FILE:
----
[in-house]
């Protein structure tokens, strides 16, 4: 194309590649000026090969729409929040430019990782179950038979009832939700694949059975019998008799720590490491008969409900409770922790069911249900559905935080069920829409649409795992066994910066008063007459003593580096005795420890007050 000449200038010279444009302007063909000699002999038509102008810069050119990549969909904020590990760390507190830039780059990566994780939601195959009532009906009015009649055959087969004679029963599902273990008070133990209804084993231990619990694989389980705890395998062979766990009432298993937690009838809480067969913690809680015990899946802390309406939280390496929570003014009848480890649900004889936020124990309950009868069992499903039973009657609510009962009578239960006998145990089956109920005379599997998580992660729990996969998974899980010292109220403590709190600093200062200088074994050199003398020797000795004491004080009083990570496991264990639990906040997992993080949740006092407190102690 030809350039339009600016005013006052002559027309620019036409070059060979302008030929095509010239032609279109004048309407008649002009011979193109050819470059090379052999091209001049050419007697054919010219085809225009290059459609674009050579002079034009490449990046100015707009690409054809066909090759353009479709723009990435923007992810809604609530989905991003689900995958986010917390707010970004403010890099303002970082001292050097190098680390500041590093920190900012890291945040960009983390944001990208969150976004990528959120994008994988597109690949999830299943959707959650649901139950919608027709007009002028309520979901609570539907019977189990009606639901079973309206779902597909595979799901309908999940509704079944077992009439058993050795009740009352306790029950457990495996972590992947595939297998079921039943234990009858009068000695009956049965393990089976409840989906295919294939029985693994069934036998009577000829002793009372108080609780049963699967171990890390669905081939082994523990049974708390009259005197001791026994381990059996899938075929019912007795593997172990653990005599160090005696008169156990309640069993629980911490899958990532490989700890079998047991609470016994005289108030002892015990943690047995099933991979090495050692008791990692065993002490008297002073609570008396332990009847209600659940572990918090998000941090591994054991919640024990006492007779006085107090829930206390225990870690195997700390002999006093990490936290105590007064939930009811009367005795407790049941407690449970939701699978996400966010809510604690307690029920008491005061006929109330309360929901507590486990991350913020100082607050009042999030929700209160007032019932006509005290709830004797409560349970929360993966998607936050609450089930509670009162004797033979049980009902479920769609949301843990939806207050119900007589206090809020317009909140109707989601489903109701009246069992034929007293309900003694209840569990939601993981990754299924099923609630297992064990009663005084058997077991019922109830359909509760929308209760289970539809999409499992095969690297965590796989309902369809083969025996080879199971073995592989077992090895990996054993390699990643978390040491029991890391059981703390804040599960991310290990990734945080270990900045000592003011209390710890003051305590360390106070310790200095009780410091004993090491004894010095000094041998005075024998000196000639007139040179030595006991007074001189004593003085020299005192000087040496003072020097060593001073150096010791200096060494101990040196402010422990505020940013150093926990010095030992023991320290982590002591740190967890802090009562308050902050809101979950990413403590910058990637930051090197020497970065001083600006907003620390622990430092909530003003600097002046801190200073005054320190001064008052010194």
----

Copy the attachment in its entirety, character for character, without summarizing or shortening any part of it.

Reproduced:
[in-house]
């Protein structure tokens, strides 16, 4: 194309590649000026090969729409929040430019990782179950038979009832939700694949059975019998008799720590490491008969409900409770922790069911249900559905935080069920829409649409795992066994910066008063007459003593580096005795420890007050 000449200038010279444009302007063909000699002999038509102008810069050119990549969909904020590990760390507190830039780059990566994780939601195959009532009906009015009649055959087969004679029963599902273990008070133990209804084993231990619990694989389980705890395998062979766990009432298993937690009838809480067969913690809680015990899946802390309406939280390496929570003014009848480890649900004889936020124990309950009868069992499903039973009657609510009962009578239960006998145990089956109920005379599997998580992660729990996969998974899980010292109220403590709190600093200062200088074994050199003398020797000795004491004080009083990570496991264990639990906040997992993080949740006092407190102690 030809350039339009600016005013006052002559027309620019036409070059060979302008030929095509010239032609279109004048309407008649002009011979193109050819470059090379052999091209001049050419007697054919010219085809225009290059459609674009050579002079034009490449990046100015707009690409054809066909090759353009479709723009990435923007992810809604609530989905991003689900995958986010917390707010970004403010890099303002970082001292050097190098680390500041590093920190900012890291945040960009983390944001990208969150976004990528959120994008994988597109690949999830299943959707959650649901139950919608027709007009002028309520979901609570539907019977189990009606639901079973309206779902597909595979799901309908999940509704079944077992009439058993050795009740009352306790029950457990495996972590992947595939297998079921039943234990009858009068000695009956049965393990089976409840989906295919294939029985693994069934036998009577000829002793009372108080609780049963699967171990890390669905081939082994523990049974708390009259005197001791026994381990059996899938075929019912007795593997172990653990005599160090005696008169156990309640069993629980911490899958990532490989700890079998047991609470016994005289108030002892015990943690047995099933991979090495050692008791990692065993002490008297002073609570008396332990009847209600659940572990918090998000941090591994054991919640024990006492007779006085107090829930206390225990870690195997700390002999006093990490936290105590007064939930009811009367005795407790049941407690449970939701699978996400966010809510604690307690029920008491005061006929109330309360929901507590486990991350913020100082607050009042999030929700209160007032019932006509005290709830004797409560349970929360993966998607936050609450089930509670009162004797033979049980009902479920769609949301843990939806207050119900007589206090809020317009909140109707989601489903109701009246069992034929007293309900003694209840569990939601993981990754299924099923609630297992064990009663005084058997077991019922109830359909509760929308209760289970539809999409499992095969690297965590796989309902369809083969025996080879199971073995592989077992090895990996054993390699990643978390040491029991890391059981703390804040599960991310290990990734945080270990900045000592003011209390710890003051305590360390106070310790200095009780410091004993090491004894010095000094041998005075024998000196000639007139040179030595006991007074001189004593003085020299005192000087040496003072020097060593001073150096010791200096060494101990040196402010422990505020940013150093926990010095030992023991320290982590002591740190967890802090009562308050902050809101979950990413403590910058990637930051090197020497970065001083600006907003620390622990430092909530003003600097002046801190200073005054320190001064008052010194």